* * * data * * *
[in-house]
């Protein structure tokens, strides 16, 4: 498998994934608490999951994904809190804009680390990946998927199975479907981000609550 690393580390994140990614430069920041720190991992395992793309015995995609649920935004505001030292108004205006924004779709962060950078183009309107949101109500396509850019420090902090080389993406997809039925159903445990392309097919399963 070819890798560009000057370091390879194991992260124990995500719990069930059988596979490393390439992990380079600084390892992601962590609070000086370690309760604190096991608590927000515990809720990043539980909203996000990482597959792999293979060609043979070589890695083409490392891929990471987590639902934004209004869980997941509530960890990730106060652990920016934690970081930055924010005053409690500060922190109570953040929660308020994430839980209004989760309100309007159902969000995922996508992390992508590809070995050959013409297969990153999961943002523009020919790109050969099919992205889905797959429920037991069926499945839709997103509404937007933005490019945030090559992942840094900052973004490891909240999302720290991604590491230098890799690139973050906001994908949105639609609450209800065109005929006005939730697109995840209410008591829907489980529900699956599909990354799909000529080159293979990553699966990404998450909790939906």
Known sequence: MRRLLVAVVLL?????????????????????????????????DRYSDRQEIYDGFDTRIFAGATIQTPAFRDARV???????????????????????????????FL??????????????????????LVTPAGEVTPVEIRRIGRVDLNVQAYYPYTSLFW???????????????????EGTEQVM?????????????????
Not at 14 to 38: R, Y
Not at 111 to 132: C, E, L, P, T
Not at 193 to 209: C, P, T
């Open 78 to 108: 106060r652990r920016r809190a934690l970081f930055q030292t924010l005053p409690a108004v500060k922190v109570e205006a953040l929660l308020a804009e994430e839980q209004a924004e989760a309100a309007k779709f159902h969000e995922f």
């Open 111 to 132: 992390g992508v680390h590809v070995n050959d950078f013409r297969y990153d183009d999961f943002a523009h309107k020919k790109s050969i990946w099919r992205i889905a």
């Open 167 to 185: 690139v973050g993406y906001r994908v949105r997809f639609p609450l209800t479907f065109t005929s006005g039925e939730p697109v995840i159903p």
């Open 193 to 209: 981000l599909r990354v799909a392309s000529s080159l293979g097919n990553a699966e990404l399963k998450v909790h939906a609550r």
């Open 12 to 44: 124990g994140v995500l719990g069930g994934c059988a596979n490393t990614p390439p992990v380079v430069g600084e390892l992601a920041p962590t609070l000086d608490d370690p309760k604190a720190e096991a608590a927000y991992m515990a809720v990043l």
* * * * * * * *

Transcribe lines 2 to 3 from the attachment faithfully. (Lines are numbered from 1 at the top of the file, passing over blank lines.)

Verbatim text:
């Protein structure tokens, strides 16, 4: 498998994934608490999951994904809190804009680390990946998927199975479907981000609550 690393580390994140990614430069920041720190991992395992793309015995995609649920935004505001030292108004205006924004779709962060950078183009309107949101109500396509850019420090902090080389993406997809039925159903445990392309097919399963 070819890798560009000057370091390879194991992260124990995500719990069930059988596979490393390439992990380079600084390892992601962590609070000086370690309760604190096991608590927000515990809720990043539980909203996000990482597959792999293979060609043979070589890695083409490392891929990471987590639902934004209004869980997941509530960890990730106060652990920016934690970081930055924010005053409690500060922190109570953040929660308020994430839980209004989760309100309007159902969000995922996508992390992508590809070995050959013409297969990153999961943002523009020919790109050969099919992205889905797959429920037991069926499945839709997103509404937007933005490019945030090559992942840094900052973004490891909240999302720290991604590491230098890799690139973050906001994908949105639609609450209800065109005929006005939730697109995840209410008591829907489980529900699956599909990354799909000529080159293979990553699966990404998450909790939906």
Known sequence: MRRLLVAVVLL?????????????????????????????????DRYSDRQEIYDGFDTRIFAGATIQTPAFRDARV???????????????????????????????FL??????????????????????LVTPAGEVTPVEIRRIGRVDLNVQAYYPYTSLFW???????????????????EGTEQVM?????????????????